Compiling Samba 4 on Debian Wheezy – Active Directory Domain Controllers Ho!

Samba SI’ve managed to avoid working with Microsoft’s Active Directory for many years, which is actually somewhat of a skill. But recently a client, unhappy with the support and the direction their MS “specialist” was taking them, asked me to see what I could do with their network.

Long ago I advised them to steer clear of Active Directory if they could, because it would only tie them in to more and more expensive MS “necessities” over time. This is the position they found themselves in, years later, having to shell out more and more money to MS and their MS-oriented “consultant” just to keep things running – and not running well, either.

It was important to this company that they remain able to manage user identity and authentication from a central place, as well as authorities and permissions. So I thought it might be a good time to at last examine Samba-4 and its claims to support Active Directory.

The Samba-4 guys can claim anything they like related to Active Directory and I would be none the wiser. I knew nothing of AD. But that soon changed as I delved into Samba-4. I must point out that the things I say here are my own impressions and conclusions based upon next to no research – so I could be quite wrong in some places.

It turns out that Active Directory is an unholy marriage of DNS, Kerberos, LDAP and CIFS. Unholy only in that it tries to obscure the individual technologies. On the MS side of things, they like to include DHCP, but it isn’t necessary at all.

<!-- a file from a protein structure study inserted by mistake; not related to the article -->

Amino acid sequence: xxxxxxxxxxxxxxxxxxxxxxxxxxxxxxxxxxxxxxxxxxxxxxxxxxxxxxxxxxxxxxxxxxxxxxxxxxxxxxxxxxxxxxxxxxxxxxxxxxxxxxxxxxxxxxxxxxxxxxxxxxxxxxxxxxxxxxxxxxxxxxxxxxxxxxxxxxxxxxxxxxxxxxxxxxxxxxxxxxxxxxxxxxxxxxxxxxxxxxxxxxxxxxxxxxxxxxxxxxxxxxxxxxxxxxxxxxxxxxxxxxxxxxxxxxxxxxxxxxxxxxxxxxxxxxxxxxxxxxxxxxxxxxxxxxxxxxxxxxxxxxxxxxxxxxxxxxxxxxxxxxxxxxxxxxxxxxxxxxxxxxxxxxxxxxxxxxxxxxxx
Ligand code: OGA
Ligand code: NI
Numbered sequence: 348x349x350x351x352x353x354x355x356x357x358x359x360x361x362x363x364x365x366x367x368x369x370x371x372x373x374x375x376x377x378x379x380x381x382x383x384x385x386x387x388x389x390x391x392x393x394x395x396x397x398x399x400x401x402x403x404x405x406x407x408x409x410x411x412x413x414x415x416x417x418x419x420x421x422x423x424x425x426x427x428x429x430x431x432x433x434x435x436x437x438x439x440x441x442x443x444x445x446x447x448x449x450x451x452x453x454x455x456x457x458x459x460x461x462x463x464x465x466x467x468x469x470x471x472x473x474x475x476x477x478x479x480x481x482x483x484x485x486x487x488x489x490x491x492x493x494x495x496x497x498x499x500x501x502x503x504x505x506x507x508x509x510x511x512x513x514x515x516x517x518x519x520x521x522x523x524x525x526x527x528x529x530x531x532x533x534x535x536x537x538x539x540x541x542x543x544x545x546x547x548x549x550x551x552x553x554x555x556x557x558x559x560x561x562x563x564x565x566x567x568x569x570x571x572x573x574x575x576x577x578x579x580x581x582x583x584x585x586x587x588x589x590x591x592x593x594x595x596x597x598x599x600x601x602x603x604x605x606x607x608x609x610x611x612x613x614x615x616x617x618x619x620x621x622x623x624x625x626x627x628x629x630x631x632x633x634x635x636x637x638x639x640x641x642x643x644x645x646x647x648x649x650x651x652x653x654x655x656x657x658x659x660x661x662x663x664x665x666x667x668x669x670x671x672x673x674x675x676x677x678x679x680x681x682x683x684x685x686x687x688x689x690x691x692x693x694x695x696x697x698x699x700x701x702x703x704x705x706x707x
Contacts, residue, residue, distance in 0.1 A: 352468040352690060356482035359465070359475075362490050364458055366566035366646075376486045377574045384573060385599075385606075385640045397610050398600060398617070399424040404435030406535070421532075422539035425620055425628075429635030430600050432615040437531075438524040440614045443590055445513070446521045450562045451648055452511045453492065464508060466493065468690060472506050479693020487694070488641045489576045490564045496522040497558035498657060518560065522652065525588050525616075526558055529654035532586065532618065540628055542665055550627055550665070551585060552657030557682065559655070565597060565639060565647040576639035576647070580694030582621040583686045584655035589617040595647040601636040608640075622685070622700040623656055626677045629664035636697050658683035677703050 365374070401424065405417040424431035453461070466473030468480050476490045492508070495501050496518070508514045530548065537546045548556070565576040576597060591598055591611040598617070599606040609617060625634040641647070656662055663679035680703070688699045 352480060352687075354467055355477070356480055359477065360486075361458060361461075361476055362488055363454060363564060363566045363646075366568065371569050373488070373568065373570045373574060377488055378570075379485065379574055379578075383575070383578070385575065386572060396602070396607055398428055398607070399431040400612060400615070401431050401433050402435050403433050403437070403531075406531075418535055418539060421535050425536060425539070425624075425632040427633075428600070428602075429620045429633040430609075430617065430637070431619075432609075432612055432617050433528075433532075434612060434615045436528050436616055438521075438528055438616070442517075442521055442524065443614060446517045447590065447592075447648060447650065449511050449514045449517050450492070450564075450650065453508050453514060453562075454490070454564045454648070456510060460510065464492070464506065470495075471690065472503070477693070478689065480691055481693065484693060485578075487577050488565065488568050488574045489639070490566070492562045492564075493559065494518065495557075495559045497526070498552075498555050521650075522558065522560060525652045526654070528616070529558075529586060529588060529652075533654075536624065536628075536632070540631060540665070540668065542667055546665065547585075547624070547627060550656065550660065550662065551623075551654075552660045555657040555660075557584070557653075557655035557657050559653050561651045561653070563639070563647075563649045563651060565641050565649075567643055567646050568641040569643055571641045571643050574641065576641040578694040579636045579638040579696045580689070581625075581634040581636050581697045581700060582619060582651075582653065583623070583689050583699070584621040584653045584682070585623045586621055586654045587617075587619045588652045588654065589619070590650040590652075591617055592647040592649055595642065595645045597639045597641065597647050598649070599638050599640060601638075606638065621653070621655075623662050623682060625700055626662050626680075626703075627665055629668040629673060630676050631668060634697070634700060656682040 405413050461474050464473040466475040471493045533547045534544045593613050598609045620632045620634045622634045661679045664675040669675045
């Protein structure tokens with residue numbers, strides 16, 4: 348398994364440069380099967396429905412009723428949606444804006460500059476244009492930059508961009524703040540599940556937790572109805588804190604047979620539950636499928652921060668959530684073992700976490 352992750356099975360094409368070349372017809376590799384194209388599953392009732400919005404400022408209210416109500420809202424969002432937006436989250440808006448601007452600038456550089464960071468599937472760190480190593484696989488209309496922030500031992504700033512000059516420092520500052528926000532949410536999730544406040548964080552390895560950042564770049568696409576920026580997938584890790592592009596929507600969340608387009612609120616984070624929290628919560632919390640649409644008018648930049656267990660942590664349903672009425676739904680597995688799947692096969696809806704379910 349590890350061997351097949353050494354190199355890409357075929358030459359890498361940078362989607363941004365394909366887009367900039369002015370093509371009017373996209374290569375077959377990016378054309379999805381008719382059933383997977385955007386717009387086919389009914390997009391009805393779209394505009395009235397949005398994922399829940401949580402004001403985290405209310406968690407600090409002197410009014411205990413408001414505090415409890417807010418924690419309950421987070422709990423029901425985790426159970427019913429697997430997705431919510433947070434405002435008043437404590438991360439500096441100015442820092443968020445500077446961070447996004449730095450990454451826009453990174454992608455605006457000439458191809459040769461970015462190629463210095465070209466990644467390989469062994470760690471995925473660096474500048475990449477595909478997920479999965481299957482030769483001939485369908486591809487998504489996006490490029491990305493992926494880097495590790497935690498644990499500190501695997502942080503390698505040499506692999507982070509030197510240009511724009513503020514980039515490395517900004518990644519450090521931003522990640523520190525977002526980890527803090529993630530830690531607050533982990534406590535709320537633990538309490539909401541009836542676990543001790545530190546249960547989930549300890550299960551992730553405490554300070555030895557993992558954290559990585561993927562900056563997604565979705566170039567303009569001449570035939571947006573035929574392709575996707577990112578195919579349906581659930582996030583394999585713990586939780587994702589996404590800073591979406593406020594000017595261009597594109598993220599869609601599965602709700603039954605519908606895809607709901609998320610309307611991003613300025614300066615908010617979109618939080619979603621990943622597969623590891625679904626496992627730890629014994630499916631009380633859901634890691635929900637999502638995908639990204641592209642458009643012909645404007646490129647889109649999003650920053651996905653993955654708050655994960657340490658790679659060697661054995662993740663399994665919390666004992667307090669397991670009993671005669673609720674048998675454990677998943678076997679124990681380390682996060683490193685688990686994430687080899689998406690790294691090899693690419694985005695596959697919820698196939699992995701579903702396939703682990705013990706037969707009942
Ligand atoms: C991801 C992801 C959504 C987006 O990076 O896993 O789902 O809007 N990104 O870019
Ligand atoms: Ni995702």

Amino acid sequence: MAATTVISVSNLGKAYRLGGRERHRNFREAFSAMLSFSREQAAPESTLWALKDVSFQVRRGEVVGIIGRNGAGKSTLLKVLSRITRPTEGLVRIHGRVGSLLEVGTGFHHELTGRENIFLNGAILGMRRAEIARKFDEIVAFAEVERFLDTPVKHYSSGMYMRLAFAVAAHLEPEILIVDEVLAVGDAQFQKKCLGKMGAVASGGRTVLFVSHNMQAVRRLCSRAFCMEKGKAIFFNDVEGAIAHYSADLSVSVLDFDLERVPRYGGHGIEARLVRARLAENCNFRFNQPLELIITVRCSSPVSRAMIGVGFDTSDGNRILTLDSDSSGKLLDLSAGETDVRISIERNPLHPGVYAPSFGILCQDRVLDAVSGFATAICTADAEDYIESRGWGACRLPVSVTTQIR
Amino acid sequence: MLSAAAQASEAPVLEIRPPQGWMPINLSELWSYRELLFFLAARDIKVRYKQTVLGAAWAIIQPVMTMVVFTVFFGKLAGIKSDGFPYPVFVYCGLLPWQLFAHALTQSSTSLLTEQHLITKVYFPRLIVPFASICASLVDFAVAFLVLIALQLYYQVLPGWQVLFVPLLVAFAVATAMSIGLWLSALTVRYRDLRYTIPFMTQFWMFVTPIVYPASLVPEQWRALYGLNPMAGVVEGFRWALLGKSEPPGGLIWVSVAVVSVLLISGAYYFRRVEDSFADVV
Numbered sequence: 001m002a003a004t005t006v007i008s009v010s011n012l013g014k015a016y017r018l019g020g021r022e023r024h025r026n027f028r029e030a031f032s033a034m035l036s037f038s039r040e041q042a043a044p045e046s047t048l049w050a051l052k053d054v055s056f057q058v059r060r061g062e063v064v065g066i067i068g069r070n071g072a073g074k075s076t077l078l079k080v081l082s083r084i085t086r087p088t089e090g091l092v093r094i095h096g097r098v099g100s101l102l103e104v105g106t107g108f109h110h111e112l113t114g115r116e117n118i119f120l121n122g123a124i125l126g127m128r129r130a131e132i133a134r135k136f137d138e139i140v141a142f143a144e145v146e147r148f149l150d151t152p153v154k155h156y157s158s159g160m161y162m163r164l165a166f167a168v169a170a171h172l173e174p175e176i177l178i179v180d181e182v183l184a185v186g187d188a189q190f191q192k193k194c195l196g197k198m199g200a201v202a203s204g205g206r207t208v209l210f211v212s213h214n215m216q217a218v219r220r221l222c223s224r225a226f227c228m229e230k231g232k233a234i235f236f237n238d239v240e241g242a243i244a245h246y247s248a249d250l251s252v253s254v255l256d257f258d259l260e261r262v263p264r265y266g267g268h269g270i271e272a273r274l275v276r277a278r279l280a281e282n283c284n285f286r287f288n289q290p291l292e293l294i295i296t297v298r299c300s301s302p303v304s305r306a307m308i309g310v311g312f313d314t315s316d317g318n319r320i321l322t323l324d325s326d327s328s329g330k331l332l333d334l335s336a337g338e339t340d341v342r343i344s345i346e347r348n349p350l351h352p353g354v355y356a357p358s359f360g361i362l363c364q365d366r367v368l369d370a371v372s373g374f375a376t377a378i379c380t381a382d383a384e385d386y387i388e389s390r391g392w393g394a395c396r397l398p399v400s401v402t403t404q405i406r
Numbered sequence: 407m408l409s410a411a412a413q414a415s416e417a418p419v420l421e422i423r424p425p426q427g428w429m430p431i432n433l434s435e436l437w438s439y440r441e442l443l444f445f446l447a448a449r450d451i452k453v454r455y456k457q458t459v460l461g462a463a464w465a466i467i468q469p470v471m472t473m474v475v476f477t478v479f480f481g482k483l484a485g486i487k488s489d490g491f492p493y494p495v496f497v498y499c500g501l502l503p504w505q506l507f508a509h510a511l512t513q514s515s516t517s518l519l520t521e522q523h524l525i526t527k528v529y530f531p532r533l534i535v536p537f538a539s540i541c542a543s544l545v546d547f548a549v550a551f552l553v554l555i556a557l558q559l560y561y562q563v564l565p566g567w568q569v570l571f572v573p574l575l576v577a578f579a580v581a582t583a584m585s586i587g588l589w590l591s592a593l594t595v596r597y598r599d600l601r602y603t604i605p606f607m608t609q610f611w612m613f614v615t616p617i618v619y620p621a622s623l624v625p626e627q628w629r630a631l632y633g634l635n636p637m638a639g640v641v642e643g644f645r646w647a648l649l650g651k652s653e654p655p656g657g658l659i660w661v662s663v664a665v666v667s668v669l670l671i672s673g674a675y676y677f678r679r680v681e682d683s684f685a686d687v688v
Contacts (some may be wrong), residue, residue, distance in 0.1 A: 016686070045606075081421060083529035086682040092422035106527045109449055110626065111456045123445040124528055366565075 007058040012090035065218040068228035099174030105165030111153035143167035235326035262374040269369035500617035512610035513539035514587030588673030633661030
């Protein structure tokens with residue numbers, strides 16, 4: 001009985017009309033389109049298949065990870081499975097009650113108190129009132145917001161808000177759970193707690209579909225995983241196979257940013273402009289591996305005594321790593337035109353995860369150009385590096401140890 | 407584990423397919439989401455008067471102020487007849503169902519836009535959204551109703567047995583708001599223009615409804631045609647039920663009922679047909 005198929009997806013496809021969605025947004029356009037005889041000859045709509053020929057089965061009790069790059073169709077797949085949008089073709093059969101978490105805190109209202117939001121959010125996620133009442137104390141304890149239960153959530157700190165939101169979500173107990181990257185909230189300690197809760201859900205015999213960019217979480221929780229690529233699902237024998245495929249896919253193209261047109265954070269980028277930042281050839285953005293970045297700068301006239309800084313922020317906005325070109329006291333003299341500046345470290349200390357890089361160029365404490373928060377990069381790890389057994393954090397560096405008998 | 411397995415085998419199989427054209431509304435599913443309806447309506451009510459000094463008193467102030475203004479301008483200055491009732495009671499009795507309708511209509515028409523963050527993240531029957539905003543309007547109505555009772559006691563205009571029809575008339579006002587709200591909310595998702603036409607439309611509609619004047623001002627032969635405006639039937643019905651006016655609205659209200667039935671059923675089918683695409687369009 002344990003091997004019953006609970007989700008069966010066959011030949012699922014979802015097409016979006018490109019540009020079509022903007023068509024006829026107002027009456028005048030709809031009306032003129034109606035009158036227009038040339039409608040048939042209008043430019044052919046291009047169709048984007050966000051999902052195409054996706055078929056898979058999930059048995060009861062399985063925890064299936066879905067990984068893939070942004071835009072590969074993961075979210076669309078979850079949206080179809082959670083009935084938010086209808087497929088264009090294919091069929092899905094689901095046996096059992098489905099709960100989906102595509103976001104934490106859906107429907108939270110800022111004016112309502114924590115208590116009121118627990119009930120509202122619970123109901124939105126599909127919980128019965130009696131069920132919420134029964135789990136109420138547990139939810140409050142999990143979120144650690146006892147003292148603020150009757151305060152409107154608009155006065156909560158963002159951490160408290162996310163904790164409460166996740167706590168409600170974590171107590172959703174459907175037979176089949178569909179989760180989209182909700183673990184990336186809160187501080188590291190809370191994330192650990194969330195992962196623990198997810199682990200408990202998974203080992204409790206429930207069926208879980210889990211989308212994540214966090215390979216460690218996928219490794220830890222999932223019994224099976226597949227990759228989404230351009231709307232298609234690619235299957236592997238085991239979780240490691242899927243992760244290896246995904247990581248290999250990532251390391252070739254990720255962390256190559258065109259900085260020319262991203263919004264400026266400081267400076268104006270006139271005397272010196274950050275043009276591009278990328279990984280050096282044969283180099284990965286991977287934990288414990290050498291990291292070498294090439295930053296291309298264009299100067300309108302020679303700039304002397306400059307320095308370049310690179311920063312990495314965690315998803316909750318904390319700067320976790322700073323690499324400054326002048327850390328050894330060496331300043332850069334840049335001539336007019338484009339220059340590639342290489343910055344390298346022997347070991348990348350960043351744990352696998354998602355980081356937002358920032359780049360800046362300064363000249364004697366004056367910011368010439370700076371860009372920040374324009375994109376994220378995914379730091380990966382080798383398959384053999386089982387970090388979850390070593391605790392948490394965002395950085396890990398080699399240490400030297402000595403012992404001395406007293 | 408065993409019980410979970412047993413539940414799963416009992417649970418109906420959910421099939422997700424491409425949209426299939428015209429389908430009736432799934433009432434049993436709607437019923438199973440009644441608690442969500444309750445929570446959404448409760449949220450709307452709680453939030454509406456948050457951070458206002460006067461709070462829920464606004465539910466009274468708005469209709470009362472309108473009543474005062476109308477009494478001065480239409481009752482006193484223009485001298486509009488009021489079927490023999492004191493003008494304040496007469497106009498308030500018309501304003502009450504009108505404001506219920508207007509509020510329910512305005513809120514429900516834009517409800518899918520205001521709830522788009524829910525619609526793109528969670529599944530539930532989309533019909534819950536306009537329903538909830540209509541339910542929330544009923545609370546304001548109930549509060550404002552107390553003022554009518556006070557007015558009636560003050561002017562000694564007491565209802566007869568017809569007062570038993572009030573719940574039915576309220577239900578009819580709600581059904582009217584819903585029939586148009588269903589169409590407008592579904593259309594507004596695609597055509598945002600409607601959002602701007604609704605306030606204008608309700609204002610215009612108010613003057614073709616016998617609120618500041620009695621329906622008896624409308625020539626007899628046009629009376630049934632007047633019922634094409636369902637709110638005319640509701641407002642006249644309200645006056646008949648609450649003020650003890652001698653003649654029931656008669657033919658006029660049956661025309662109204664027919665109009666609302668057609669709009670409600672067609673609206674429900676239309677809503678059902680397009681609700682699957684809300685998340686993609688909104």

Maybe I shouldn’t say that it tries to obscure the individual technologies. Maybe I should say it tries to unite them in holy simplicity for the good user.  Yes, that’s it.

The tricky key (and shackle) is DNS. I always wondered why Windows clients had to use the Active Directory server as their DNS server – it seemed so limiting (and error-prone). It turns out that Active Directory will “inject” funny yet specific DNS names into your domain that identify the AD server to clients. It’s not necessary to be designed that way of course, really – but it’s a good hook. Windows clients joining a “domain” expect these funny DNS entries, and it does no good just specifying the AD server to connect to, unless you have these DNS entries being injected there as well. (salutes and rifle fanfare, etc.)

As for Kerberos and LDAP – anyone who’s worked with them knows it can take some strenuous wrestling to get stuff seated and right for handling your user auth stuff. And in this I am actually impressed with Active Directory. MS has done a great job integrating these Free technologies into something standardized on a platform. Although there are many ways this can be accomplished, Microsoft’s dominance on client machines made a standardization possible. And I’m happy that the European courts saw fit to rule in a way that allowed these Free technologies to be free once again — and this is where Samba-4 comes in.

If you have worked with Samba in the past, you know how versatile it is for file serving, and how complicated it can get. I don’t think I’ve ever dealt with a longer man page with more options. Samba 4 is no different. However, in some ways, it’s much easier than Samba 3 if you’re using the standard Windows administration tools to administer the users and shares. From my understanding so far, you basically just put the shares you want into the smb.conf file with minimal definitions, and define the user authority stuff through the Windows tools connected as an Administrator to Samba 4. If you’re managing rights on share servers other than your Samba 4 DC, then you don’t even have to worry about defining them in the smb.conf file.

But of course you can if you want – there is a  command line tool that gives you access to the same stuff that tweaks this marriage of Kerberos, LDAP and DNS – without the need of Windows at all.